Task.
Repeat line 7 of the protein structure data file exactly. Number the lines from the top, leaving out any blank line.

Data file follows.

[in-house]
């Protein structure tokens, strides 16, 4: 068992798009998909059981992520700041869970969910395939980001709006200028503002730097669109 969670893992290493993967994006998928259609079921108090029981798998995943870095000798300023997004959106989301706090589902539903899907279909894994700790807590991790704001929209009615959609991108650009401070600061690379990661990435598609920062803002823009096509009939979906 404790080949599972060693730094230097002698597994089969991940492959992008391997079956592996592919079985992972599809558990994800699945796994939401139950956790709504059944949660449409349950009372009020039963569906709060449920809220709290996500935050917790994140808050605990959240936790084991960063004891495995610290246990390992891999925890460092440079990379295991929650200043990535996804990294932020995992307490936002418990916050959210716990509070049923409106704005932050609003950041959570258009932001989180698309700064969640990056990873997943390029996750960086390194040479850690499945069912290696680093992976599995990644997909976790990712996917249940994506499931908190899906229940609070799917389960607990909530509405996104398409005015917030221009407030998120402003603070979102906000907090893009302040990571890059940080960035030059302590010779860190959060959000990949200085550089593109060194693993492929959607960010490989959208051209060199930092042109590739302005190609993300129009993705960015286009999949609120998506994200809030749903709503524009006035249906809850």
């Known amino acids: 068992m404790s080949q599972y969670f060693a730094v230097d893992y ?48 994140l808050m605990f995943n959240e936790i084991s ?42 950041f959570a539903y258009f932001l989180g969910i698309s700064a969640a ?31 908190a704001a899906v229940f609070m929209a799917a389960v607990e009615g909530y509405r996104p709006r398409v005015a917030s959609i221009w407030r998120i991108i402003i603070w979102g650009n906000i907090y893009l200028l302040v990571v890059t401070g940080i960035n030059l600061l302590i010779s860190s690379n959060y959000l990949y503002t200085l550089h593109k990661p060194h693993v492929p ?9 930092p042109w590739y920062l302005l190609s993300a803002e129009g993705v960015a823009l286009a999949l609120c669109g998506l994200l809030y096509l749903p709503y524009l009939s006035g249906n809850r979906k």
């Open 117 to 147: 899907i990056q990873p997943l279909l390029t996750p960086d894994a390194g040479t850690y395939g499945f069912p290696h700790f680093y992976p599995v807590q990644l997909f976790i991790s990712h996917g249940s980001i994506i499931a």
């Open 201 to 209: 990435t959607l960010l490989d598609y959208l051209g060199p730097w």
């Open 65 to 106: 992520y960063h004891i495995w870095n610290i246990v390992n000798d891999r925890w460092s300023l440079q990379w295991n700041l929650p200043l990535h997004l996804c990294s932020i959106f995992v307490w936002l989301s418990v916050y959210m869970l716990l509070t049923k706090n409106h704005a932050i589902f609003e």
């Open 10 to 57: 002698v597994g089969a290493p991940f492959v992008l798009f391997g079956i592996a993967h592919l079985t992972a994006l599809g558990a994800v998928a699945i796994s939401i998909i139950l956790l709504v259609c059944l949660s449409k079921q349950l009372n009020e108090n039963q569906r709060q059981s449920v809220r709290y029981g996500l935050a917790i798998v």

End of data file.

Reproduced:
């Open 10 to 57: 002698v597994g089969a290493p991940f492959v992008l798009f391997g079956i592996a993967h592919l079985t992972a994006l599809g558990a994800v998928a699945i796994s939401i998909i139950l956790l709504v259609c059944l949660s449409k079921q349950l009372n009020e108090n039963q569906r709060q059981s449920v809220r709290y029981g996500l935050a917790i798998v």